The proposal, known in shorthand as REPA II, has been controversial, as we’ve written. Supporters say the provision offers more flexibility in who gets licensed while still allowing schools to decide what teachers get hired. Opponents say REPA II “de-professionalizes” teaching by de-emphasizing training prospective educators receive in colleges of education.
Students in the C4 Columbus Area Career Connection building trades program dig a foundation for a out building on Aug. 30, 2012. Students work on one large-scale construction project each year — usually a house — but this year theyâre building a new baseball complex for the Bartholomew School Corporation.
It’s just after 2 o’clock on a Thursday afternoon. The sun is high in the sky, and the construction workers digging the foundation of a storage building at Columbus North High School’s new baseball field are about to call it a day.
But once they’re done, they’ll board a yellow bus and go back to school. That’s because the workers at this construction site are high school students.
Both major party gubernatorial candidates are calling for Indiana high schools to bring back vocational training. Yet most Indiana school districts already have robust career and technical education programs — and they’re not just for students preparing for college.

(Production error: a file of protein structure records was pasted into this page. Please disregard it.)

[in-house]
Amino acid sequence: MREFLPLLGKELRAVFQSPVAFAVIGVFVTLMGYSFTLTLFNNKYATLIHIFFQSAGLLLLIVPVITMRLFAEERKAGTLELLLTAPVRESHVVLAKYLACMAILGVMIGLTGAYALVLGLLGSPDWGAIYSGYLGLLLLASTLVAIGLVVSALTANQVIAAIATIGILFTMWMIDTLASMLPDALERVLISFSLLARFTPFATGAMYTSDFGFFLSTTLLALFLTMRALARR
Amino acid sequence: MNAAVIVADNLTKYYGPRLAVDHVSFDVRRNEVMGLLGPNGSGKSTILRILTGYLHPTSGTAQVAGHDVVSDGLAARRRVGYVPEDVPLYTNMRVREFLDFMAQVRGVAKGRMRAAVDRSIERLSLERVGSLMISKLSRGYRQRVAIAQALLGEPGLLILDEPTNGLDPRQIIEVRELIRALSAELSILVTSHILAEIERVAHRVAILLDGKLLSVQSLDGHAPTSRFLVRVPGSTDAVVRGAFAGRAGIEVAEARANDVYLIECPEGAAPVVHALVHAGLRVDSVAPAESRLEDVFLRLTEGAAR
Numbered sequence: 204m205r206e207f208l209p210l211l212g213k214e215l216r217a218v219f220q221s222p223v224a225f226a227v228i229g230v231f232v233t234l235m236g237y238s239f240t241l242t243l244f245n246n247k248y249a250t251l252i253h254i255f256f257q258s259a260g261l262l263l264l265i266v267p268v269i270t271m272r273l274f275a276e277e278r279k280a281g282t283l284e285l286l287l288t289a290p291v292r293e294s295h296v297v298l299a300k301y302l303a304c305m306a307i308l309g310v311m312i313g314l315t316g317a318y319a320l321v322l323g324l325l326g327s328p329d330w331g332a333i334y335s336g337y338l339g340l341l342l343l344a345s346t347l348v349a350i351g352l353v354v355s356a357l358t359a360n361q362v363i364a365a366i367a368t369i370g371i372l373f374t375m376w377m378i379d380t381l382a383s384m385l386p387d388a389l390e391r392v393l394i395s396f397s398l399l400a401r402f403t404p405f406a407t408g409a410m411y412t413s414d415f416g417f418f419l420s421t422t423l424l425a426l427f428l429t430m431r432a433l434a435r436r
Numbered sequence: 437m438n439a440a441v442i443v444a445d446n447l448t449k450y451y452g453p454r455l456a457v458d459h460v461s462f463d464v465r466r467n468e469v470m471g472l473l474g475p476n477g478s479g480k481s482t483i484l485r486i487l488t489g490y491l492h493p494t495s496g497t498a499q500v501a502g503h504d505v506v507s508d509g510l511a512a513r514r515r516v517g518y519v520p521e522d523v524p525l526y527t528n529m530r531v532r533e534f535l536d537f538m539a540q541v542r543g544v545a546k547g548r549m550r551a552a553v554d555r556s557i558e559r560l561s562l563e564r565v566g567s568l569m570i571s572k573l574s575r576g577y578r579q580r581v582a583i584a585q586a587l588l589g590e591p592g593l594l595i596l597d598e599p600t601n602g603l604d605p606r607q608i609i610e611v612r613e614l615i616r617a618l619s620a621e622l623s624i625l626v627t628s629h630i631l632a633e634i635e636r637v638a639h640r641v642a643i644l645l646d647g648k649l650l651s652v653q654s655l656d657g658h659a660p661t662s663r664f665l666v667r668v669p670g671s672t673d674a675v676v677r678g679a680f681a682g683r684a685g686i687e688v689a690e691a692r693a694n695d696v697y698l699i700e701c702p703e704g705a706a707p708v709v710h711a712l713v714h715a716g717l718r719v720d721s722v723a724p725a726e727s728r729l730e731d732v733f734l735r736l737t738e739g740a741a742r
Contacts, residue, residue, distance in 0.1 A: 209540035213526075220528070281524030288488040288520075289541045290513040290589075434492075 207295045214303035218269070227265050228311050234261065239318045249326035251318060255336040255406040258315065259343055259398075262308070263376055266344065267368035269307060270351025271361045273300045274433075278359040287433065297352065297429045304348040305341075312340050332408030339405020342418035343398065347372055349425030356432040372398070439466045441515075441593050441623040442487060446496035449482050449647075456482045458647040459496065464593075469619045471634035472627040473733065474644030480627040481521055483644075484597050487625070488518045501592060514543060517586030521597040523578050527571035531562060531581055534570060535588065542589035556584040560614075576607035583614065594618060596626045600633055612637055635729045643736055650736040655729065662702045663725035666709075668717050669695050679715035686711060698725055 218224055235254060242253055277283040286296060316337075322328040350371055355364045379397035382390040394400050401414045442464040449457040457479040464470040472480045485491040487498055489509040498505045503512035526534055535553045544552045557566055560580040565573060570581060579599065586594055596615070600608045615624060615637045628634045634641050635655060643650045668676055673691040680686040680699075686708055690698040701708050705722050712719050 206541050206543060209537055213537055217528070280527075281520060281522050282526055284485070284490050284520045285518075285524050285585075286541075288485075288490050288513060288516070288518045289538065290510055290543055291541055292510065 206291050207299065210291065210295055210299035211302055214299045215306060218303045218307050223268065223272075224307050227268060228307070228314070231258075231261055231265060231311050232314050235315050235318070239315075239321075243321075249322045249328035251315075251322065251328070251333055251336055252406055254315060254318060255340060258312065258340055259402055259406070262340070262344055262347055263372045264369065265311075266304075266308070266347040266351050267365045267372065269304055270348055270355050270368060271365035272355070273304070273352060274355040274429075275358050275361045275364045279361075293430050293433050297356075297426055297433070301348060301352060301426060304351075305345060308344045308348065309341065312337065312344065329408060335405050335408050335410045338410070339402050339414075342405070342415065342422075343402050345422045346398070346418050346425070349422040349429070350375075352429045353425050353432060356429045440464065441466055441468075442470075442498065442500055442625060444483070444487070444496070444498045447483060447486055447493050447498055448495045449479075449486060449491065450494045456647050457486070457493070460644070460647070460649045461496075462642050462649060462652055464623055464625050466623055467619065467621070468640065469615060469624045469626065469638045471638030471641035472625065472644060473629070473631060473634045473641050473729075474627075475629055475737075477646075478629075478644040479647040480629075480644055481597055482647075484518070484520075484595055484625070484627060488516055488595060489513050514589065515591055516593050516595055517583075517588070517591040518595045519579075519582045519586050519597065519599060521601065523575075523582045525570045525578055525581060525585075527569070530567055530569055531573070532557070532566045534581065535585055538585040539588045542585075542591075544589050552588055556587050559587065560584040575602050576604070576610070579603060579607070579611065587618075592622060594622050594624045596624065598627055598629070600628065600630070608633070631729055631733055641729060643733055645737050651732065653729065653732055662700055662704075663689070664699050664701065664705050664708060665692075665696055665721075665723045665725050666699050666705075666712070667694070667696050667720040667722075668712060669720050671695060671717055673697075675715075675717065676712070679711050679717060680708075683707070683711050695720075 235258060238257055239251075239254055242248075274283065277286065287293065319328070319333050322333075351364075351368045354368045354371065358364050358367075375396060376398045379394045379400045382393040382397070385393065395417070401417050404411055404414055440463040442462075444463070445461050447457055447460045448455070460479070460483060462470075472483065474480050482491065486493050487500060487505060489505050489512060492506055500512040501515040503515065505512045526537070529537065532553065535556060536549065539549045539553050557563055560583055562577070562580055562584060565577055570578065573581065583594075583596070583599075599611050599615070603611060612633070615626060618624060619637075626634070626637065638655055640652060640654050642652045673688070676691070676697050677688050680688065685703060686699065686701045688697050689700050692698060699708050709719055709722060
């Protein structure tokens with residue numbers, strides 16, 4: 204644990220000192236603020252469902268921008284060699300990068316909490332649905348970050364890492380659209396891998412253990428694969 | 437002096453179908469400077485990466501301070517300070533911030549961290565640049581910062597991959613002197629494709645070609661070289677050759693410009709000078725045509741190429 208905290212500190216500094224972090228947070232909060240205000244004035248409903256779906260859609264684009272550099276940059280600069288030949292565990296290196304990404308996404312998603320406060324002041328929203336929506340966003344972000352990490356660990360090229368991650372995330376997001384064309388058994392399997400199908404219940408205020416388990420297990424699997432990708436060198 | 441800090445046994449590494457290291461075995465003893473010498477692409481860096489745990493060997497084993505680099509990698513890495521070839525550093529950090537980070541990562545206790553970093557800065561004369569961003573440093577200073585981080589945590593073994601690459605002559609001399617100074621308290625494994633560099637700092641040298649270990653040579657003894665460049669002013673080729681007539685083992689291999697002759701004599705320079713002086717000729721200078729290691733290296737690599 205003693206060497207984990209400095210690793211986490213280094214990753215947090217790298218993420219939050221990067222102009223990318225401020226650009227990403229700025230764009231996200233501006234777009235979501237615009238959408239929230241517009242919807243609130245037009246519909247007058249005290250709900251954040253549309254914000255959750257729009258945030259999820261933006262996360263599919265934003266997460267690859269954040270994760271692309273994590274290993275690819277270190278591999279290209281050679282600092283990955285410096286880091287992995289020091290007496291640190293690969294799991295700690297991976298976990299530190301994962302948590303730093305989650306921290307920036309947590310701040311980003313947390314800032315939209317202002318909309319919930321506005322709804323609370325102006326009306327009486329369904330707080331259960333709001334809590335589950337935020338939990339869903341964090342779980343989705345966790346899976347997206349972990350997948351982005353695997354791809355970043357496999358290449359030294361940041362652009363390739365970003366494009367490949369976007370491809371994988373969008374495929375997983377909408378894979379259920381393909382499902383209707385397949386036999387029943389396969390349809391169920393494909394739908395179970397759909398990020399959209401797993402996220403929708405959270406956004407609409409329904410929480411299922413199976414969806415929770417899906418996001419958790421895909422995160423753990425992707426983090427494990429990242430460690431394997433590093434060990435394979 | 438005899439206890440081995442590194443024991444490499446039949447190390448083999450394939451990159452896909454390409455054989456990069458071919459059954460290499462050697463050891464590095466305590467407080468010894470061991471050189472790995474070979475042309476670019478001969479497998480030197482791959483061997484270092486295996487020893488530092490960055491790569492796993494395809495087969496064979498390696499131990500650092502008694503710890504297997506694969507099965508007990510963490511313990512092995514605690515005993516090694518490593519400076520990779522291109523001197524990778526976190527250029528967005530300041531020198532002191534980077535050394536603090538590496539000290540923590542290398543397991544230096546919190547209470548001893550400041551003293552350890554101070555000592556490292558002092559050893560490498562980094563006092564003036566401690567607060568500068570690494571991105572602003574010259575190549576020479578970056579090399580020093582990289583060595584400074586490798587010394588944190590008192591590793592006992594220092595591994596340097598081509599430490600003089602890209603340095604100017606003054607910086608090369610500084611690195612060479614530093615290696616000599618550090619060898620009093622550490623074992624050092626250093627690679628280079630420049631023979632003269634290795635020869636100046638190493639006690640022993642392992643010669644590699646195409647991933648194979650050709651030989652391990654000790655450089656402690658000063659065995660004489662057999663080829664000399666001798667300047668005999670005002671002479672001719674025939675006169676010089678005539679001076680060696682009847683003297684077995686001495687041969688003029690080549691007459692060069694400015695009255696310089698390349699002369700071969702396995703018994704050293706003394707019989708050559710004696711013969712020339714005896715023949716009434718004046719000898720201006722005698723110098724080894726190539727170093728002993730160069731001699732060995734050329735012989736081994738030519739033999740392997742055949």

A teacher at Carpe Diem charter school in Indianapolis assists a student working in the 'learning center.' Students spend half their day in this room, which is filled with hundreds of cubicles and computers, working on assignments online. Teachers use data about their progress to craft classroom lessons.
Indianapolis high school junior Reo Burton spends as much of his school day at a cubicle as he does in a classroom.
Half of Burton’s time is spent in a classroom, but the other half is spent taking online courses with the assistance of both virtual and in-person teachers and learning coaches.
“It’s a lot more interactive than one would believe — just sitting in a cubicle working,” Burton says.
This mix between digital curriculum and in-classroom instruction is called “blended learning,” and Burton is part of a small handful of Indiana students who’ve moved to similar schools.